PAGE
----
Cracking Creativity with Kool-Aid Dyed eggs


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Do you have Kool-Aid packets in your pantry that you won’t actually let your kids drink? use them for Easter egg dyes! My kids loved dyeing their eggs with Kool-Aid. Bonus – it smells good! Here’s how to dye Easter Eggs with Kool-Aid if you’d like to try too!

wooden spoons laying next to jars of Kool-Aid dye for Easter eggs with a woman dipping one egg in the red dye

How to Make Kool-Aid Dyed Eggs

A few years ago, we used natural material to dye Easter Eggs. I thought about doing that this year, but when I looked through my panty and cupboard, I couldn’t come up with much to use. I also didn’t want to run to the store for one of those overpriced chemical laden PAAS dye kits.

Instead, I found a whole bunch of Kool-Aid packets I got for free last year after sales and coupons. We used Kool-Aid last year to dye beautiful Waldorf silks, but I had a bunch left over. Since I won’t let my kids drink the nasty stuff (mean mom…), I decided to use it up on Easter Eggs!

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pink, purple, and orange dyed easter eggs with designs from white crayon on cooling rack

Materials Needed for Kool-Aid Easter Eggs

Kool-Aid makes a vibrant dye for eggs and you need just a few things to get started.

  • Hard-boiled eggs: Before coloring Easter eggs, make sure the eggs are clean and free of cracks.
  • Kool-Aid packets: We had the best results with the vibrant flavors such as berry blue, grape flavored, lemon, and orange.
  • Spoon
  • Warm water
  • White Crayon (optional): Draw designs on your eggshell before dyeing. Wherever the crayon was used will not change color.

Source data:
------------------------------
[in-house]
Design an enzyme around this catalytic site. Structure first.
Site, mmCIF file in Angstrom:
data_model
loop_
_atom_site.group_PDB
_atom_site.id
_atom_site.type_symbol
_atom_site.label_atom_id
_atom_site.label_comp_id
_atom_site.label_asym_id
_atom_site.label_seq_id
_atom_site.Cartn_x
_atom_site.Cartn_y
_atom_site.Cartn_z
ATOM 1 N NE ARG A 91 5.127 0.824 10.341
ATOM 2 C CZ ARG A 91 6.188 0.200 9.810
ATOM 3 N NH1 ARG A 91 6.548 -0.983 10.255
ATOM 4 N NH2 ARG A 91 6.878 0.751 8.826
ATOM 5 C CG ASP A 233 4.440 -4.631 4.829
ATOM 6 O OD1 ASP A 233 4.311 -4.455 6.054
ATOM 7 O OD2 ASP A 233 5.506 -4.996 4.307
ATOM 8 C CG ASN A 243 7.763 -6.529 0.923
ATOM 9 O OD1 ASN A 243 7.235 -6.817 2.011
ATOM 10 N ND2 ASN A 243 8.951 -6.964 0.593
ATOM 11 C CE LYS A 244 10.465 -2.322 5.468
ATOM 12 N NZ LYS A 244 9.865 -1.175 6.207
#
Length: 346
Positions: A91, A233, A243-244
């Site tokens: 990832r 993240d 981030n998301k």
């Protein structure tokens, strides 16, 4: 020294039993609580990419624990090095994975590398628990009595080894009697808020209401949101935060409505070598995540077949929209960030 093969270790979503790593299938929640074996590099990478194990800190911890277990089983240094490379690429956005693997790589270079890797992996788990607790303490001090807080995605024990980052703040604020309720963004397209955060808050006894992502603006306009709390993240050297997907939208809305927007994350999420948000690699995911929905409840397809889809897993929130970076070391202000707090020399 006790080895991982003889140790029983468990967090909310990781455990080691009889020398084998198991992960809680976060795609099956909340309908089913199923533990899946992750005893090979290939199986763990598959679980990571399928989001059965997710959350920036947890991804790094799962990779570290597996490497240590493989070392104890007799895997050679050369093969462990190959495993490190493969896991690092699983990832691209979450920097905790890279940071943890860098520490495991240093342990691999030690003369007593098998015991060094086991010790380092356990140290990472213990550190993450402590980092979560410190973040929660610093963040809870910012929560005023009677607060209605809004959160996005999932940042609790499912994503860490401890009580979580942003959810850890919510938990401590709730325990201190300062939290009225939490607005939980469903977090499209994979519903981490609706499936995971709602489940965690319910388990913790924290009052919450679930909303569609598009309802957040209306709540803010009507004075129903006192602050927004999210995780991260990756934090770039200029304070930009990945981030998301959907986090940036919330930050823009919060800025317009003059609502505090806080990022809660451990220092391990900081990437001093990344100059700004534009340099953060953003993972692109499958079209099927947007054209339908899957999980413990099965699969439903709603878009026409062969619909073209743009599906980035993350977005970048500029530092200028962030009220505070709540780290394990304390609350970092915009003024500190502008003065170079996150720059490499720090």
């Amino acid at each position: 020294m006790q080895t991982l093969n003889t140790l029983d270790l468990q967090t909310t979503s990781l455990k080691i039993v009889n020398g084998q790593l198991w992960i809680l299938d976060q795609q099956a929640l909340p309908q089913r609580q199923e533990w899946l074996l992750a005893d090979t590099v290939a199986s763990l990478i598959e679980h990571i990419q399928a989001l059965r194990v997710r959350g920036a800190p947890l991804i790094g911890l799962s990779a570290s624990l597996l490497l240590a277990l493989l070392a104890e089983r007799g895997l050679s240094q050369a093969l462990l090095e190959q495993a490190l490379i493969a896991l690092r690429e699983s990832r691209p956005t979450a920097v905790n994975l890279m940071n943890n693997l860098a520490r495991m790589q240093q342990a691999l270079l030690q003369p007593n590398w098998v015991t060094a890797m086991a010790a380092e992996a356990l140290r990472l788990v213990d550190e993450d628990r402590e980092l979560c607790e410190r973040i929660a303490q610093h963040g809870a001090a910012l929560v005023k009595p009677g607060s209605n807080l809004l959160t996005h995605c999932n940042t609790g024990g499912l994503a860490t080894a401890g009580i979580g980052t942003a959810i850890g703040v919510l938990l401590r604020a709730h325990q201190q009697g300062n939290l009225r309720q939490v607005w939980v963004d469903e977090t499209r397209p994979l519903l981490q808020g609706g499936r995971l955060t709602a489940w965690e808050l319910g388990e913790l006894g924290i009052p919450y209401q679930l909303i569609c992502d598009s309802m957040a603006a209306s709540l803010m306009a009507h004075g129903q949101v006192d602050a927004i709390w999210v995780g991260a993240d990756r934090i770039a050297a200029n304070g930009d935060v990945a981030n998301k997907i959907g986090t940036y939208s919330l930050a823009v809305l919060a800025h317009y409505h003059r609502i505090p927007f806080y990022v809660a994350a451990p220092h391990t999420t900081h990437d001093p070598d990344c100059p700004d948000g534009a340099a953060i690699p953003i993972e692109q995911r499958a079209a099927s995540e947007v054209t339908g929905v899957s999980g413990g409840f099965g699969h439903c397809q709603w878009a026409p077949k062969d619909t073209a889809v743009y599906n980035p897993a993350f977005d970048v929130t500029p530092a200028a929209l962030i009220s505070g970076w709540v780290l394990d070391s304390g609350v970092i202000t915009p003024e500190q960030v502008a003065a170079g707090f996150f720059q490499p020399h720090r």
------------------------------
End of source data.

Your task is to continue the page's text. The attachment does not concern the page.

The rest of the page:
• Vinegar (optional)
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brightly colored Kool-aid in bowls to dye easter eggs

Steps to Kool-Aid Dyed Eggs

Mix a packet of Kool-Aid with one cup warm water in a small bowl or Mason jar. Stir it well until the Kool-Aid granules are all dissolved and mixed in.

I added a splash of vinegar as well. It probably wasn’t necessary but that’s what I did. 🙂

Leave the eggs in the dye for 15-30 seconds or longer. The longer you leave them in the dye, the more vibrant the color will be. Use your spoon to move the dyed Easter eggs in and out of the jars or bowls. Be careful the egg doesn’t drop though. You do not want cracks!

When we left ours in the dye for a while the water started to bubble and they got speckled. It’s almost like the vinegar is eating the color. I’m sure it’s some chemical reaction with the vinegar…but I’m not a scientist and don’t know. If you happen to know, leave a comment! Our very speckled ones were left in the dye for 10 minutes.

We colored some of them with a white crayon first to get designs. My kids love doing this to get different patterns or write their names on some of the eggs.

Dab the dyed eggs with paper towels before putting them back in the egg carton. Dabbing in different ways can vary the patterns on the eggs, too. My kids love experimenting with this.

Our Kool-Aid eggs turned out great! We used them alongside our Ukrainian eggs from last year.

Dyeing eggs together is one of my favorite family traditions. The kids love the creativity and mess. I love watching them experiment. They aren’t nearly as messy now that the kids are older, either!

For more Easter Inspiration, check out these posts:

About Michelle Marine

Michelle Marine is the author of How to Raise Chickens for Meat, a long-time green-living enthusiast, and rural Iowa mom of four. She empowers families to grow and eat seasonal, local foods; to reduce their ecological footprint; and to come together through impactful travel.

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  1. So fun to see Flat Stanley! Our 1st and 2nd graders have him as a project each year. This summer my soon to be 1st grader will be taking him to the historic sites in our area.

    I need to figure out how to blow out the insides of the eggs since my family, except, me doesn’t like to eat eggs. Any tips? Is it possible to keep the yolk whole so I can separate the white and yolk?

  2. This post is being featured tonight @CountryMommaCooks Linky Party, stop by and pick up a button if you don’t already have one:)